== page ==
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Zimbabwean main opposition rival Chamisa boycott national dialogue meeting

NEW YORK––Zimbabwe’s main political challenger and MDC leader Nelson Chamisa has said he will not attend the meeting with the President and other candidates of the 2018 presidential election to discuss a framework for post-election dialogue.

Zimbabwean president Emerson Mnangagwa, through the Chief Secretary to the President and Cabinet Misheck Sibanda, on Tuesday invited all presidential candidates to the meeting scheduled for late Wednesday afternoon at State House.

While he wouldn’t been attending the ceremony, Chamisa, however, refuses to accept Mnangagwa as the duly elected President.

Chamisa posted on Twitter saying Wednesday morning that there was need for a credible convener to resolve the economic and political crisis bedeviling the country.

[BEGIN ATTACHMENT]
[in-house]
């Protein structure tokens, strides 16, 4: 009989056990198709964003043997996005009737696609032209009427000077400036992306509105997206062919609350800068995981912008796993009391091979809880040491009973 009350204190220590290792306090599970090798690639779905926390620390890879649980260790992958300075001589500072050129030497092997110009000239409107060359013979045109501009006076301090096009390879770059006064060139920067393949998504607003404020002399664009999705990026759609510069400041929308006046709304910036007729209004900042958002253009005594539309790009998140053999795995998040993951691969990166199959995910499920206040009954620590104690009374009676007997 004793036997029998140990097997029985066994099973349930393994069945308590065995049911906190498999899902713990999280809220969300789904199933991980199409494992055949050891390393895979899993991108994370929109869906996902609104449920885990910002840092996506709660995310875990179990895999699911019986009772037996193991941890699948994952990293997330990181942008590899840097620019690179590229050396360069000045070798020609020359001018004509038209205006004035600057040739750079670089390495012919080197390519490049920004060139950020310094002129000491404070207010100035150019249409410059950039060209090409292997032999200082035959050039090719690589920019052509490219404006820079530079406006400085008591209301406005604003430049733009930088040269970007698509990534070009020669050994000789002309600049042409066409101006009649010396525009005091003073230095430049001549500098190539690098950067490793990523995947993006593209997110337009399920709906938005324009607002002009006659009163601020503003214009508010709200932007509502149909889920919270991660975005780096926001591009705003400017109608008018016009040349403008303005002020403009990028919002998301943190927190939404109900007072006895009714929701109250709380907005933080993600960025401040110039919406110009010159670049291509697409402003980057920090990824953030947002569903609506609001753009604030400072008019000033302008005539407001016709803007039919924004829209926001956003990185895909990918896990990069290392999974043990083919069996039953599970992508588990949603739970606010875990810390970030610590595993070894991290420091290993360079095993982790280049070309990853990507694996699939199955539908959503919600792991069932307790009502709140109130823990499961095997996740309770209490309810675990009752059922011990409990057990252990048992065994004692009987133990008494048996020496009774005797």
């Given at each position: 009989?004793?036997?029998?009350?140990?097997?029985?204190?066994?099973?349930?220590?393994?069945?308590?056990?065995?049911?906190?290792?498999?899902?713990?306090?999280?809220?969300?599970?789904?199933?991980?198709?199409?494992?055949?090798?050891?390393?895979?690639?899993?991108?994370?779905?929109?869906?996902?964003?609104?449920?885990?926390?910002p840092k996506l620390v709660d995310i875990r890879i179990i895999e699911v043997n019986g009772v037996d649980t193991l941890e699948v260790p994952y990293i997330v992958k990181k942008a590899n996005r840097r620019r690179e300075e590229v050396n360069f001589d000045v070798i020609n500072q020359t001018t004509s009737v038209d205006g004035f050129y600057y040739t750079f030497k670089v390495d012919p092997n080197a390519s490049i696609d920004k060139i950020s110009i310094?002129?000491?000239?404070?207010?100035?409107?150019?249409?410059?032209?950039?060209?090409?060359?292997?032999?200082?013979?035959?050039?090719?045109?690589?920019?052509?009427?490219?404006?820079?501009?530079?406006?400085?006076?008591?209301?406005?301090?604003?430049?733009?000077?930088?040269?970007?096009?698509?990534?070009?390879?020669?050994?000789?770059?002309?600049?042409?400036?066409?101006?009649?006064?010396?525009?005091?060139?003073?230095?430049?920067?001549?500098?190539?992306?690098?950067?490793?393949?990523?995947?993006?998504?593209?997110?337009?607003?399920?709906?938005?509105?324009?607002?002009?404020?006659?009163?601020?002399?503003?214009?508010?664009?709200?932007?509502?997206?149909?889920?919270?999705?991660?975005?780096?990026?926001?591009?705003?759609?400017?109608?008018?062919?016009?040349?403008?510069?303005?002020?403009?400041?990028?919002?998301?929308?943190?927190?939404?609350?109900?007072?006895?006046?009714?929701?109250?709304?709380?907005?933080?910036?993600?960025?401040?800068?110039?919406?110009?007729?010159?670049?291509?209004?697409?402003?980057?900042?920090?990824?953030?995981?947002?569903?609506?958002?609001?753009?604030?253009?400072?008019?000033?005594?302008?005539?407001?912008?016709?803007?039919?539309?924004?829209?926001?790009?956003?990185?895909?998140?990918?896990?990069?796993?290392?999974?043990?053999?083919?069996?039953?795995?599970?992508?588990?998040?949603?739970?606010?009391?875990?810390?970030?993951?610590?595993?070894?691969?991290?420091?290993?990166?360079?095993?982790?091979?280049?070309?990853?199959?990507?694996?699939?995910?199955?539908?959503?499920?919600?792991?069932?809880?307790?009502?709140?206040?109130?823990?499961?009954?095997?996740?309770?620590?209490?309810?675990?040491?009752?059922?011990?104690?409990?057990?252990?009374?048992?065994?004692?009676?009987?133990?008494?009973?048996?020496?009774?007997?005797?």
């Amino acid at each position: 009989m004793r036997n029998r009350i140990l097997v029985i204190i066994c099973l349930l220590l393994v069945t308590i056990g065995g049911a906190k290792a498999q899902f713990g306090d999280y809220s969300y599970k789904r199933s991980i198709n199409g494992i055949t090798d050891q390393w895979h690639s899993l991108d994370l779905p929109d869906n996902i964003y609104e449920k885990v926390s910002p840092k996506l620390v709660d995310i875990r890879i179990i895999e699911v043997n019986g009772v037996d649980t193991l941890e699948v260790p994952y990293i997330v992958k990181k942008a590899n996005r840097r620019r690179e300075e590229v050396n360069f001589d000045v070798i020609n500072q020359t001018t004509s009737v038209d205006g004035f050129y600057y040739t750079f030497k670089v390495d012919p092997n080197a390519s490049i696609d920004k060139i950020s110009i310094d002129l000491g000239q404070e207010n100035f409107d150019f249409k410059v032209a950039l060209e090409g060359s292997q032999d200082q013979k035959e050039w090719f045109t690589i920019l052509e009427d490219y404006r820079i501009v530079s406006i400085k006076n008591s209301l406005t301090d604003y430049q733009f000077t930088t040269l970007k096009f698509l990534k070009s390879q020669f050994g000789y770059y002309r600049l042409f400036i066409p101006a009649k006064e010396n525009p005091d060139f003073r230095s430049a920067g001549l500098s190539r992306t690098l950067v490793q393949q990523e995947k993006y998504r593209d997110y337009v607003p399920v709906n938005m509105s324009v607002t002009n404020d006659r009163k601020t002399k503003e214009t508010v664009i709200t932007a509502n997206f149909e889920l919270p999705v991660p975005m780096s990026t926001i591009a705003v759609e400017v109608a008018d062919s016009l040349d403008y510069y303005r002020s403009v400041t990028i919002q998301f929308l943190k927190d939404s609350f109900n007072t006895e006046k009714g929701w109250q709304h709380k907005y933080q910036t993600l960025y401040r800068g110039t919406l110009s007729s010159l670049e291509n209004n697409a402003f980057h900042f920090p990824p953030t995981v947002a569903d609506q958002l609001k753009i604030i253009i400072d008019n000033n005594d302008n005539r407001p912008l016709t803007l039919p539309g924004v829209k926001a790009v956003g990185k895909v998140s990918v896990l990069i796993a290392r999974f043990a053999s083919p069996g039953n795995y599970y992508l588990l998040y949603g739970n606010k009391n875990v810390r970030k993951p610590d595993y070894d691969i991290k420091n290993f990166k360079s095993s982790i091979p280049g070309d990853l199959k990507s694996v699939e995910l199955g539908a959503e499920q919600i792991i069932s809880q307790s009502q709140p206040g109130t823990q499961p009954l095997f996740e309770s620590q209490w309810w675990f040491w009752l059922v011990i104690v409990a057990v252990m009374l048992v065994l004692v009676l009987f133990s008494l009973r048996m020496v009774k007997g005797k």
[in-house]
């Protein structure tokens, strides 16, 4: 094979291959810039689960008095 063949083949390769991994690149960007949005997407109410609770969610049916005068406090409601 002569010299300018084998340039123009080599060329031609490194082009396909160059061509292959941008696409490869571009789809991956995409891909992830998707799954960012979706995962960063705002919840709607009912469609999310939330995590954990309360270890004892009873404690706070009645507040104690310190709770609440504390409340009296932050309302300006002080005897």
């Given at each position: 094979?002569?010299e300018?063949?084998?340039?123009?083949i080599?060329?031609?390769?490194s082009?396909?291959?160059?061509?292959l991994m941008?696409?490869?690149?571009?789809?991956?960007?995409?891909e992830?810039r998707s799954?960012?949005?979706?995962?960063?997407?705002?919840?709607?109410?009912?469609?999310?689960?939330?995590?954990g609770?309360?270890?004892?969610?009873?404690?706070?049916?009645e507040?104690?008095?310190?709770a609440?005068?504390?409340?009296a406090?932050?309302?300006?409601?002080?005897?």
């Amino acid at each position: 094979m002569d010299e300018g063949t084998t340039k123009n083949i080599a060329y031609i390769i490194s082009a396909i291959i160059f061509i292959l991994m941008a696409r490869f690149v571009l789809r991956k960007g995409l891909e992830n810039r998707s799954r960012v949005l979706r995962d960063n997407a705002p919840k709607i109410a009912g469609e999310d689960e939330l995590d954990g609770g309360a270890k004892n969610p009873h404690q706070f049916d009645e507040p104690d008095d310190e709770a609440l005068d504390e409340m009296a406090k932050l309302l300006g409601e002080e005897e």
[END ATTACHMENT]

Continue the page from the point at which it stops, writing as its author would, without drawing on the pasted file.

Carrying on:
Fellow former candidate Noah Manyika of Build Zimbabwe Alliance said on Twitter Tuesday night that MDC spokesperson Jacob Mafume had told him that Chamisa would not attend the meeting until certain conditions had been met.

The party also wants an international mediator to convene such a meeting, Manyika said, adding that he did not believe that Mnangagwa had created the right conditions for dialogue.

“He (Mafume) said that the MDCA considers any talks meaningless when people are in jail. The MDCA is also demanding that soldiers must go back into the barracks before any meaningful discussions can start,” he said.

Mafume had also said that political dialogue should be held by presidential candidates that got votes and not just a huge group of meeting with no constituents to speak on behalf of.

Many candidates failed to win meaningful votes during the election and are deemed to have little relevance in the proposed dialogue.

More than 700 people were arrested following violent demonstrations that rocked several parts of the country after Mnangagwa herald fuel price increases of more than 150 percent.

Formal figures put the number of dead people during skirmishes with the police and military at eight, although independent sources say at least 12 people died, one of them a policeman.

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Ben Mabande

Ben Mabande is a researcher and senior contributing reporter with Globe Afrique Media.

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